Editor’s Note: Do you think a presidential candidate could be elected if he told us the truth, and it was unpleasant? I doubt it ... we’re Americans, and we don’t like to be inconvenienced by anything, especially our politicians. That’s why George W. Bush’s poll numbers remain so high — he’s let us know that we can spend money like drunken sailors, taxes can go down, the economy will be strong and eventually we’ll balance the budget ... concurrent with the Second Coming. When Reagan suggested it, W’s father called that “voodoo economics,” but George II calls it a responsible platform for 2004. God help us all.
No one ever went broke underestimating the taste of the American public.
— H.L. Mencken
September 11 presented our fat and happy nation with an opportunity to rise above the self-interest and materialism that have characterized our generation as we’ve evolved from spoiled 60s hippies to spoiled 80s yuppies to self-absorbed, middle-aged baby boomers. As the flags unfurled, and the rescue workers toiled tirelessly at Ground Zero, millions of ordinary Americans contributed more than $1 billion to charities for the victims. But this spirit of selflessness proved to be unsustainable.
To shield the airlines from crippling lawsuits, the government established a fund to pay the victims’ families. However, just as America has lost the world’s good will since 9/11, some of the victims’ relatives began jeopardizing the sympathy of their fellow citizens. It wasn’t long before many of the victims’ families were complaining about the amounts of money being offered — an average of $1.6 million apiece — as if 9/11 were a traffic accident from which they’d gotten whiplash.
Americans believe that, when something bad happens, someone has to reimburse us for it: It’s part of our innate sense of entitlement. And if al-Qaida can’t be sued, it’s whoever has the deepest pockets. With the filing deadline for compensation approaching, many families have decided the airlines are the cash cows, and once the tort lawyers start circling, it’s business as usual.
Our president vowed that the war on terror wouldn’t be politics as usual, but the politicians only briefly put aside their partisan agendas. The president also declared that this would be a war like no other in our history. This has actually turned out to be true, in that it’s a war that asks little from any American who isn’t in the military.
In the aftermath of 9/11, when people on the home front might have been inspired to sacrifice for the war effort, Mr. Bush never asked. Instead, we were encouraged to behave as if nothing had happened — so the terrorists wouldn’t win — and to buy things to reinvigorate the economy. We keep hearing that Sept. 11 has changed everything, but our leaders are doing everything in their power to ensure that few in the voting public feel this change.
Mr. Bush has said that we’re fighting in Iraq so we don’t have to fight here at home. This has also turned out to be true. During World War II, Americans lived with shortages and voluntary blackouts, and even gas was rationed; however, we’ve been asked to show our patriotism by buying bigger Hummers.
So we complain about prices at the pump, while spending more petro dollars than ever, money our “friends,” the Saudis, use to fund more terrorists. The only sacrifice the administration has asked for involves wildlife refuges in Alaska, where the inconvenienced parties are the caribou … who won’t be voting in 2004.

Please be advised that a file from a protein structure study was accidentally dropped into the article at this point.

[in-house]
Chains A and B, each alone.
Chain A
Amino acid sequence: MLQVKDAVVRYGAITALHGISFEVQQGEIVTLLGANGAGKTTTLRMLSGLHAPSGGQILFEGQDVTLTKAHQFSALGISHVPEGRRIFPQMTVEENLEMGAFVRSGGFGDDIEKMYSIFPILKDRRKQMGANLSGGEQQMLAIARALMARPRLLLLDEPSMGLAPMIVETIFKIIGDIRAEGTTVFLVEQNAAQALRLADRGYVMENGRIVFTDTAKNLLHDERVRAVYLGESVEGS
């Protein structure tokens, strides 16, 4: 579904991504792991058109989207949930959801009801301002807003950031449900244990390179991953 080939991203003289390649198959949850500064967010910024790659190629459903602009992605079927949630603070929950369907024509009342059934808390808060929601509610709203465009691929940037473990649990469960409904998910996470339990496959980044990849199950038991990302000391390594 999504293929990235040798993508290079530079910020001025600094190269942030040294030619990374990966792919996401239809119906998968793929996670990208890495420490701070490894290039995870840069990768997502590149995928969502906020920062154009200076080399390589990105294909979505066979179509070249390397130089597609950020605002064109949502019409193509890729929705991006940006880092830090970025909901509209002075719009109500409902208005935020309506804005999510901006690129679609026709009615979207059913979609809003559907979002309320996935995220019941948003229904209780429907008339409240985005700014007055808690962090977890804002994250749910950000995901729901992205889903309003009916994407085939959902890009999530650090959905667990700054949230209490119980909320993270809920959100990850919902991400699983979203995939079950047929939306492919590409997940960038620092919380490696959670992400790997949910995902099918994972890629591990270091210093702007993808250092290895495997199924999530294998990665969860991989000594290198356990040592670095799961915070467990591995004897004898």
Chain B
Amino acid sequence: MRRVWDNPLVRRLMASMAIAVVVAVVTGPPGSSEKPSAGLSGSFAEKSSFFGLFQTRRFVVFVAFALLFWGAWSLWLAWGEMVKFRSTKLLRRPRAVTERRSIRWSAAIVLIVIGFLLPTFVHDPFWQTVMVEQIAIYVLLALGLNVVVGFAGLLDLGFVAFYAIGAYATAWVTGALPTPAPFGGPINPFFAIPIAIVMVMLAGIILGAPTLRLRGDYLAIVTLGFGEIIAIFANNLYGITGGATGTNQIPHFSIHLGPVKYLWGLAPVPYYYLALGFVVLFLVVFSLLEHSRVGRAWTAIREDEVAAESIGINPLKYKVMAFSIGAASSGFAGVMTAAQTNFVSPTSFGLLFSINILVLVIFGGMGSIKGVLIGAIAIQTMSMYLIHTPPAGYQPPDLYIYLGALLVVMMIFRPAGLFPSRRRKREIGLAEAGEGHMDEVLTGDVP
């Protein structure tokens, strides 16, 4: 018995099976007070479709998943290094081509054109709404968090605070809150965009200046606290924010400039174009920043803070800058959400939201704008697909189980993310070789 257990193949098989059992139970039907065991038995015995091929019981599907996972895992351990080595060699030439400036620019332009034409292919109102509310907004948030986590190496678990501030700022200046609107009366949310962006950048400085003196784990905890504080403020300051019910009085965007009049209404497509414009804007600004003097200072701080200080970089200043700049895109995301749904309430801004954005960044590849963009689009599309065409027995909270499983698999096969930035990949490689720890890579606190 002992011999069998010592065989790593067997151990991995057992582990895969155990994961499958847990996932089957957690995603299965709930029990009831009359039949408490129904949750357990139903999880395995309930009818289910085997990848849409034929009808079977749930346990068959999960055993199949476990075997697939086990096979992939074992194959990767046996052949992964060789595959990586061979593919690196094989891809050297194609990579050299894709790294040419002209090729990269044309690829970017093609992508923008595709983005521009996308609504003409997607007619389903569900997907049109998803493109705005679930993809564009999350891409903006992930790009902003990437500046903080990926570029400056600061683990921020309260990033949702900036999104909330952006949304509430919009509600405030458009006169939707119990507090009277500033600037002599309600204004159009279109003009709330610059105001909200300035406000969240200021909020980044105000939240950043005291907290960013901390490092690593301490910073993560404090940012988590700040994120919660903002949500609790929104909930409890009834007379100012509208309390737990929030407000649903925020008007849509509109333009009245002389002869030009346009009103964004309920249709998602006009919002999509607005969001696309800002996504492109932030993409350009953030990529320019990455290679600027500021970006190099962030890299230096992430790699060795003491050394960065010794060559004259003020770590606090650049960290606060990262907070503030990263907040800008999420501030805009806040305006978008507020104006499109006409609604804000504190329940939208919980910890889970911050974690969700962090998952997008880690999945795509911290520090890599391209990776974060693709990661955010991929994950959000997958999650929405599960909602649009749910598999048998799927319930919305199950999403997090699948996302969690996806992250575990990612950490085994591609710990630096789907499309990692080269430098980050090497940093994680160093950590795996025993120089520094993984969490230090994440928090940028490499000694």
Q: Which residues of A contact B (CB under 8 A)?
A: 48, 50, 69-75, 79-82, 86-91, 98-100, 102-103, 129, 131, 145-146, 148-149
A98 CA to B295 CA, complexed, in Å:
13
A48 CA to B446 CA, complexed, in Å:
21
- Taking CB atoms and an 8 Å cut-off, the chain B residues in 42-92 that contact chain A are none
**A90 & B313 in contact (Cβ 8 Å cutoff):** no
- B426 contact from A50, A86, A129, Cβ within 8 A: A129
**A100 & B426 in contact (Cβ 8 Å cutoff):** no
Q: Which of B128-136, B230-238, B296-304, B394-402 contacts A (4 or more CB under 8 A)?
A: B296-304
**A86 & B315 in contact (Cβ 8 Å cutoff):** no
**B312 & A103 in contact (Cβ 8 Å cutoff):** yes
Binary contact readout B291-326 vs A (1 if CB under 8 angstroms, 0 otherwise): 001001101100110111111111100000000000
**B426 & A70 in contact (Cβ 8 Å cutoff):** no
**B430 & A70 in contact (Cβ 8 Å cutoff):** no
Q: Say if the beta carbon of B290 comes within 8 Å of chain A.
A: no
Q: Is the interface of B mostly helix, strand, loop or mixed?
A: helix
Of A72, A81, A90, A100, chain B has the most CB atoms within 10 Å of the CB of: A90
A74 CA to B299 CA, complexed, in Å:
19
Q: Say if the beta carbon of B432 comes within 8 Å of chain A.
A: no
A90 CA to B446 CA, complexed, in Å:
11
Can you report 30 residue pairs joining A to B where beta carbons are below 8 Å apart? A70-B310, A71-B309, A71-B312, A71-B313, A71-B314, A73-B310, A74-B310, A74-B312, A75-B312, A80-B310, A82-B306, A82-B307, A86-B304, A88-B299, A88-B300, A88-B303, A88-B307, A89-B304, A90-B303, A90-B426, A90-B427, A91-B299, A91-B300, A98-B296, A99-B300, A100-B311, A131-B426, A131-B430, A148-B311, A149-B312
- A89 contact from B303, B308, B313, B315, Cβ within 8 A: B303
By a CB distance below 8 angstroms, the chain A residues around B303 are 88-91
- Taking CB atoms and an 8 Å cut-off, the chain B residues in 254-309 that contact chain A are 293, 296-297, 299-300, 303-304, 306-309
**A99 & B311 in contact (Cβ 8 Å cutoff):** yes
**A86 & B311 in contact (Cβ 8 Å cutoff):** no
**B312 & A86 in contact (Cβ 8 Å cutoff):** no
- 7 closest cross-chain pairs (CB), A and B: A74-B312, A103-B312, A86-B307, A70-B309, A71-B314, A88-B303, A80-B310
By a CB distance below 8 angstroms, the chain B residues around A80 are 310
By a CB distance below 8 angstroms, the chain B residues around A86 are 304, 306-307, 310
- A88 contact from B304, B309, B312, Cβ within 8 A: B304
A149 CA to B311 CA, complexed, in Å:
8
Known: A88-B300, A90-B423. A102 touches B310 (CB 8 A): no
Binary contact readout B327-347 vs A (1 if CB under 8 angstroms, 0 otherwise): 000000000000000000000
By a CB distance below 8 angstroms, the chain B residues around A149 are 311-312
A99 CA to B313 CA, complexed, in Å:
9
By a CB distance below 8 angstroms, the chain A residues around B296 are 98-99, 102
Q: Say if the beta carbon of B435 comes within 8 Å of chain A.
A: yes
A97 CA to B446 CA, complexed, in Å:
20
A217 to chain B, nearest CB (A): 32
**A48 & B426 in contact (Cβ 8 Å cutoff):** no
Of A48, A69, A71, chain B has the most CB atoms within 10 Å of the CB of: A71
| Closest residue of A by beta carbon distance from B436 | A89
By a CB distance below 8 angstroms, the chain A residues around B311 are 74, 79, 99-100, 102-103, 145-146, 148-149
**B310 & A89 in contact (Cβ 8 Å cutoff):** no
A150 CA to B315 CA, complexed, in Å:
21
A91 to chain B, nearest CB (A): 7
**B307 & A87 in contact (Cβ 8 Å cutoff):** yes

A sovereign nation should be able to control access to its territory, but we’re not even trying to stem the tide of illegal immigration. Especially in wartime, potential terrorists should be detained at our borders, but with the Hispanic vote in play, neither party is eager to eschew politics as usual. And too many employers need cheap labor to clean their customers’ swimming pools and serve us our lattes.
Grey Davis, the soon-to-be ex-governor of California, recently signed a bill allowing undocumented aliens to obtain drivers licenses, which will make terrorists free to move about the country more easily. Before he began shamelessly pandering to Spanish-speaking voters in his recall election, Davis had twice vetoed this same legislation.
Politics as usual? In 1984, Walter Mondale suggested we might need to raise taxes, which pretty much ended his chances of becoming president. On the eve of Gulf War I, Bush the Elder raised taxes to stem a red ink tsunami, so we sent him packing. This Bush isn’t about to risk offending voters by asking them to make the sacrifice of actually paying for Gulf War II. Instead, he’s opted to put Iraq “on the credit card” and not even pay the minimum.
Of course, how can the Republicans ask ordinary Americans to sacrifice when they’re continuing a massive giveaway program for their rich constituents that’s ratcheting up already record-breaking deficits? So committed is our president to his agenda of making the wealthy wealthier that he scoffs at the reality working families live with — that you can’t continually reduce your income, while spending cash you don’t have and lavishing money on rich friends who don’t need it.
Families like the Bushes and Cheneys won’t be sacrificing increased tax payments to support the war on terror. However, their progeny may have to pay up when the bill for our unfunded spending spree comes due, perhaps late in the Jenna Bush administration. Of course, the Cheneys will be able to afford it: As David Letterman observed concerning the $87 billion price tag for Iraq, Americans should remember, when they’re making out their checks, “there are two l’s in Halliburton.”
To paraphrase H.L. Mencken, “No one ever lost an election underestimating the selflessness of the American public.” And our president still has the poll numbers to prove it.
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